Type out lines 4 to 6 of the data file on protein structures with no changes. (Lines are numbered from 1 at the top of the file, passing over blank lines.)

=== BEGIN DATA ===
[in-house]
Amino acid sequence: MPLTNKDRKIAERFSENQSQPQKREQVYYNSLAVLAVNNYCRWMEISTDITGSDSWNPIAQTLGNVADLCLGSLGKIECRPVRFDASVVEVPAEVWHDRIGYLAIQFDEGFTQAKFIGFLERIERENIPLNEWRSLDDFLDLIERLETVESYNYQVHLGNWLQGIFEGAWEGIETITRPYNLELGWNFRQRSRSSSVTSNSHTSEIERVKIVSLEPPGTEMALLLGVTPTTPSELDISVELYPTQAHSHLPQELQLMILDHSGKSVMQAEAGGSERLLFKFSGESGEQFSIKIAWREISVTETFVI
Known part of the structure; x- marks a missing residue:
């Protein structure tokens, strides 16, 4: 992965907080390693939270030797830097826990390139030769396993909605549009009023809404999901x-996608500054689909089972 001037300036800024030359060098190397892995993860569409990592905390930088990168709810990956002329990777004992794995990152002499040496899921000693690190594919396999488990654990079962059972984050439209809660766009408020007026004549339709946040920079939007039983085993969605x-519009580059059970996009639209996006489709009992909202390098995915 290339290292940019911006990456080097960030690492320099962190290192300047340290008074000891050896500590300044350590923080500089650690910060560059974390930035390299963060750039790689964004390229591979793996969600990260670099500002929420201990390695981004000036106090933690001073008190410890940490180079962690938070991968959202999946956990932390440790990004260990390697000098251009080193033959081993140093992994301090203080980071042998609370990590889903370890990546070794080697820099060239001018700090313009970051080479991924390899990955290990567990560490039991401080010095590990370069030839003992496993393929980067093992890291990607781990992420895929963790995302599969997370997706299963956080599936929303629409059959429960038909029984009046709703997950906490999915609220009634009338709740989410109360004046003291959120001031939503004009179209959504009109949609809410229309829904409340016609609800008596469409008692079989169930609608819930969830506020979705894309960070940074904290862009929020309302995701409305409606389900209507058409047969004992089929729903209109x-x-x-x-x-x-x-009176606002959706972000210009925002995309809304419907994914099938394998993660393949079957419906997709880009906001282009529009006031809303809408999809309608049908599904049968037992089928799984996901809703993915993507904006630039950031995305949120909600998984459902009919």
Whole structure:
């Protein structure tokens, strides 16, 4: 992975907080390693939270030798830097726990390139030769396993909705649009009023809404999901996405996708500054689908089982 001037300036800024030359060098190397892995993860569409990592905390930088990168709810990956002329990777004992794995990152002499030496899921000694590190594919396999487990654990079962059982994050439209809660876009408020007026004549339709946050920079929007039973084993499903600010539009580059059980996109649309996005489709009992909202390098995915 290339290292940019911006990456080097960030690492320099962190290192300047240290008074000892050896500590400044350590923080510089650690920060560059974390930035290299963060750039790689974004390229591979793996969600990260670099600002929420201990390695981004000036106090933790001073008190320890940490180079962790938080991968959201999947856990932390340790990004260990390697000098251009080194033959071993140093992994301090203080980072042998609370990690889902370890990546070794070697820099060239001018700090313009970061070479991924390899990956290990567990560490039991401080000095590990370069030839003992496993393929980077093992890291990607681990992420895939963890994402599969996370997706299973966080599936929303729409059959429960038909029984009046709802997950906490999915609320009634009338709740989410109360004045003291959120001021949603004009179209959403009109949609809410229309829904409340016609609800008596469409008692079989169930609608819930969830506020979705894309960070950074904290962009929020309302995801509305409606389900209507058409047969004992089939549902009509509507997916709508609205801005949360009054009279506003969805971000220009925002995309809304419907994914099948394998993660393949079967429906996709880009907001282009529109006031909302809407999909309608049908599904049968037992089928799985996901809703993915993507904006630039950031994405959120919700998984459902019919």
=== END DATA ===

């Protein structure tokens, strides 16, 4: 992965907080390693939270030797830097826990390139030769396993909605549009009023809404999901x-996608500054689909089972 001037300036800024030359060098190397892995993860569409990592905390930088990168709810990956002329990777004992794995990152002499040496899921000693690190594919396999488990654990079962059972984050439209809660766009408020007026004549339709946040920079939007039983085993969605x-519009580059059970996009639209996006489709009992909202390098995915 290339290292940019911006990456080097960030690492320099962190290192300047340290008074000891050896500590300044350590923080500089650690910060560059974390930035390299963060750039790689964004390229591979793996969600990260670099500002929420201990390695981004000036106090933690001073008190410890940490180079962690938070991968959202999946956990932390440790990004260990390697000098251009080193033959081993140093992994301090203080980071042998609370990590889903370890990546070794080697820099060239001018700090313009970051080479991924390899990955290990567990560490039991401080010095590990370069030839003992496993393929980067093992890291990607781990992420895929963790995302599969997370997706299963956080599936929303629409059959429960038909029984009046709703997950906490999915609220009634009338709740989410109360004046003291959120001031939503004009179209959504009109949609809410229309829904409340016609609800008596469409008692079989169930609608819930969830506020979705894309960070940074904290862009929020309302995701409305409606389900209507058409047969004992089929729903209109x-x-x-x-x-x-x-009176606002959706972000210009925002995309809304419907994914099938394998993660393949079957419906997709880009906001282009529009006031809303809408999809309608049908599904049968037992089928799984996901809703993915993507904006630039950031995305949120909600998984459902009919």
Whole structure:
């Protein structure tokens, strides 16, 4: 992975907080390693939270030798830097726990390139030769396993909705649009009023809404999901996405996708500054689908089982 001037300036800024030359060098190397892995993860569409990592905390930088990168709810990956002329990777004992794995990152002499030496899921000694590190594919396999487990654990079962059982994050439209809660876009408020007026004549339709946050920079929007039973084993499903600010539009580059059980996109649309996005489709009992909202390098995915 290339290292940019911006990456080097960030690492320099962190290192300047240290008074000892050896500590400044350590923080510089650690920060560059974390930035290299963060750039790689974004390229591979793996969600990260670099600002929420201990390695981004000036106090933790001073008190320890940490180079962790938080991968959201999947856990932390340790990004260990390697000098251009080194033959071993140093992994301090203080980072042998609370990690889902370890990546070794070697820099060239001018700090313009970061070479991924390899990956290990567990560490039991401080000095590990370069030839003992496993393929980077093992890291990607681990992420895939963890994402599969996370997706299973966080599936929303729409059959429960038909029984009046709802997950906490999915609320009634009338709740989410109360004045003291959120001021949603004009179209959403009109949609809410229309829904409340016609609800008596469409008692079989169930609608819930969830506020979705894309960070950074904290962009929020309302995801509305409606389900209507058409047969004992089939549902009509509507997916709508609205801005949360009054009279506003969805971000220009925002995309809304419907994914099948394998993660393949079967429906996709880009907001282009529109006031909302809407999909309608049908599904049968037992089928799985996901809703993915993507904006630039950031994405959120919700998984459902019919």